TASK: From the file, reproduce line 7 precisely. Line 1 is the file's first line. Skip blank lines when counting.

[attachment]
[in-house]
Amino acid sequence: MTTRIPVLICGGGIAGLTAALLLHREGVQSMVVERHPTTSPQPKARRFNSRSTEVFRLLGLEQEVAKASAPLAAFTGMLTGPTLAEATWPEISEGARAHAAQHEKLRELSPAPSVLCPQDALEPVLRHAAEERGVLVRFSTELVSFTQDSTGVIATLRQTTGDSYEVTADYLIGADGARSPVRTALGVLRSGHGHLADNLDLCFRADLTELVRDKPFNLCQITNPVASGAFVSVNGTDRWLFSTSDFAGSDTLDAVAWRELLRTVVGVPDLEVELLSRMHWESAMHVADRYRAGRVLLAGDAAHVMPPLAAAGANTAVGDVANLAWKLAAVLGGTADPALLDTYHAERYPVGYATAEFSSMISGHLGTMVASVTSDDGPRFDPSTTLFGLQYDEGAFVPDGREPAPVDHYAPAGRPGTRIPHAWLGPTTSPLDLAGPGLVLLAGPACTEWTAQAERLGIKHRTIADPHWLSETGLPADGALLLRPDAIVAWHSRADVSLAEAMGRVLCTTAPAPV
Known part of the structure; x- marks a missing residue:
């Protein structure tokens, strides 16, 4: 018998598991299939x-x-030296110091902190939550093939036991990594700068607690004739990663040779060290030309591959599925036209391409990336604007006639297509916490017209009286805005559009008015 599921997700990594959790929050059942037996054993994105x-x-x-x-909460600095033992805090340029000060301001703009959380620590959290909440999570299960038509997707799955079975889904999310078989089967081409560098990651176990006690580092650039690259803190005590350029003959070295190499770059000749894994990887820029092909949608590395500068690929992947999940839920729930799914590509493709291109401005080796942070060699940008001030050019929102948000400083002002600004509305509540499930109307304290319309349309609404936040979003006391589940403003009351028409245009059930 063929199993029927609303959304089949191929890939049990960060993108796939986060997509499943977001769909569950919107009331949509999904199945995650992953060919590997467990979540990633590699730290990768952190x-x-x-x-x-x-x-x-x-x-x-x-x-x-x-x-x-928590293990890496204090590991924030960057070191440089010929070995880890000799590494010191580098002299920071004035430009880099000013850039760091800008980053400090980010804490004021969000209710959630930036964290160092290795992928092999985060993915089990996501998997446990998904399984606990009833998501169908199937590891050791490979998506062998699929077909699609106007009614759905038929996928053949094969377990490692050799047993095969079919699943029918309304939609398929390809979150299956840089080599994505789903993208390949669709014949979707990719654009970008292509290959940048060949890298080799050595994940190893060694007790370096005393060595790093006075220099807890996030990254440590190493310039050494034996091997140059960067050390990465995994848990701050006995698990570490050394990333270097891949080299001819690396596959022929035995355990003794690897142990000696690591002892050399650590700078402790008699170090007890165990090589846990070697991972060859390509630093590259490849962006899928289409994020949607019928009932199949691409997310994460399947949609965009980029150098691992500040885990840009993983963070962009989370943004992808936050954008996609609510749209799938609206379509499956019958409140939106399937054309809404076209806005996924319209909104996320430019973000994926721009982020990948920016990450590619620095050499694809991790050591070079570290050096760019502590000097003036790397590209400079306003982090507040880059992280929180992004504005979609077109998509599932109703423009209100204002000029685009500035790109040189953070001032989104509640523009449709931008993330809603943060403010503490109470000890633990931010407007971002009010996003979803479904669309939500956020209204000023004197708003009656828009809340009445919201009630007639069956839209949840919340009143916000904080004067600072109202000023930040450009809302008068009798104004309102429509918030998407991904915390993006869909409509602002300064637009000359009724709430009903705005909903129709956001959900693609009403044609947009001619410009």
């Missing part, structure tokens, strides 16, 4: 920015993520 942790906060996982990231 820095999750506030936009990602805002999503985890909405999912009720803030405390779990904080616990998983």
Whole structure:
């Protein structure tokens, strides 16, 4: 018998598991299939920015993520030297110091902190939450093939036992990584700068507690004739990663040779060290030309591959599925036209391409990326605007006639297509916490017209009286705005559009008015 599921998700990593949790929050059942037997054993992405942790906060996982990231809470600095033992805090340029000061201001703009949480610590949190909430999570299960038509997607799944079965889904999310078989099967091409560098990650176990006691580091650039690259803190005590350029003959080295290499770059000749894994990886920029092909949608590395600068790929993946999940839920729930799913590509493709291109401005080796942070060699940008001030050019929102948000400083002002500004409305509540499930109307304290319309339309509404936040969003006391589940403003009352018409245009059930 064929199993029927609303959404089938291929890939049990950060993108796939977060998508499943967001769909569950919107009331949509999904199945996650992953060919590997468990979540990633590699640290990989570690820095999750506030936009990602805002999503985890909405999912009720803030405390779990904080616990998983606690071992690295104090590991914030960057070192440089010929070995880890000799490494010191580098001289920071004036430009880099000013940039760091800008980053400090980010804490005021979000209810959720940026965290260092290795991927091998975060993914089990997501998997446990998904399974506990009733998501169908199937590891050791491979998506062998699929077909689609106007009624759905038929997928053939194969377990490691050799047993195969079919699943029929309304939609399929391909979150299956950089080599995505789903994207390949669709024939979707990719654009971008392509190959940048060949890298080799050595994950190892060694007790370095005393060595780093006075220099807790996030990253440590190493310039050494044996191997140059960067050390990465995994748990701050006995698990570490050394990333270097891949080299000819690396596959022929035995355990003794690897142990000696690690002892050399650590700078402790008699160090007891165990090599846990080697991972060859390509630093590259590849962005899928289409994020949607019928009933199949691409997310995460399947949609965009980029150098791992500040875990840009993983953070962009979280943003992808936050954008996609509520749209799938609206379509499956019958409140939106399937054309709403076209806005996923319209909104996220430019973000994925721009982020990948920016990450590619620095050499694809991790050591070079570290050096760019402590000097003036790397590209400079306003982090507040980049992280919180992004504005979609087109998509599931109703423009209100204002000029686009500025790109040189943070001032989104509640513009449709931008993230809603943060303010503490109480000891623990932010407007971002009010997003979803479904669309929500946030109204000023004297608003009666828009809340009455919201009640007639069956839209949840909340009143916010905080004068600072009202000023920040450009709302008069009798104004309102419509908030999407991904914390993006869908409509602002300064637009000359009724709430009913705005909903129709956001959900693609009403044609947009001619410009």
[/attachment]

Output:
């Protein structure tokens, strides 16, 4: 018998598991299939920015993520030297110091902190939450093939036992990584700068507690004739990663040779060290030309591959599925036209391409990326605007006639297509916490017209009286705005559009008015 599921998700990593949790929050059942037997054993992405942790906060996982990231809470600095033992805090340029000061201001703009949480610590949190909430999570299960038509997607799944079965889904999310078989099967091409560098990650176990006691580091650039690259803190005590350029003959080295290499770059000749894994990886920029092909949608590395600068790929993946999940839920729930799913590509493709291109401005080796942070060699940008001030050019929102948000400083002002500004409305509540499930109307304290319309339309509404936040969003006391589940403003009352018409245009059930 064929199993029927609303959404089938291929890939049990950060993108796939977060998508499943967001769909569950919107009331949509999904199945996650992953060919590997468990979540990633590699640290990989570690820095999750506030936009990602805002999503985890909405999912009720803030405390779990904080616990998983606690071992690295104090590991914030960057070192440089010929070995880890000799490494010191580098001289920071004036430009880099000013940039760091800008980053400090980010804490005021979000209810959720940026965290260092290795991927091998975060993914089990997501998997446990998904399974506990009733998501169908199937590891050791491979998506062998699929077909689609106007009624759905038929997928053939194969377990490691050799047993195969079919699943029929309304939609399929391909979150299956950089080599995505789903994207390949669709024939979707990719654009971008392509190959940048060949890298080799050595994950190892060694007790370095005393060595780093006075220099807790996030990253440590190493310039050494044996191997140059960067050390990465995994748990701050006995698990570490050394990333270097891949080299000819690396596959022929035995355990003794690897142990000696690690002892050399650590700078402790008699160090007891165990090599846990080697991972060859390509630093590259590849962005899928289409994020949607019928009933199949691409997310995460399947949609965009980029150098791992500040875990840009993983953070962009979280943003992808936050954008996609509520749209799938609206379509499956019958409140939106399937054309709403076209806005996923319209909104996220430019973000994925721009982020990948920016990450590619620095050499694809991790050591070079570290050096760019402590000097003036790397590209400079306003982090507040980049992280919180992004504005979609087109998509599931109703423009209100204002000029686009500025790109040189943070001032989104509640513009449709931008993230809603943060303010503490109480000891623990932010407007971002009010997003979803479904669309929500946030109204000023004297608003009666828009809340009455919201009640007639069956839209949840909340009143916010905080004068600072009202000023920040450009709302008069009798104004309102419509908030999407991904914390993006869908409509602002300064637009000359009724709430009913705005909903129709956001959900693609009403044609947009001619410009």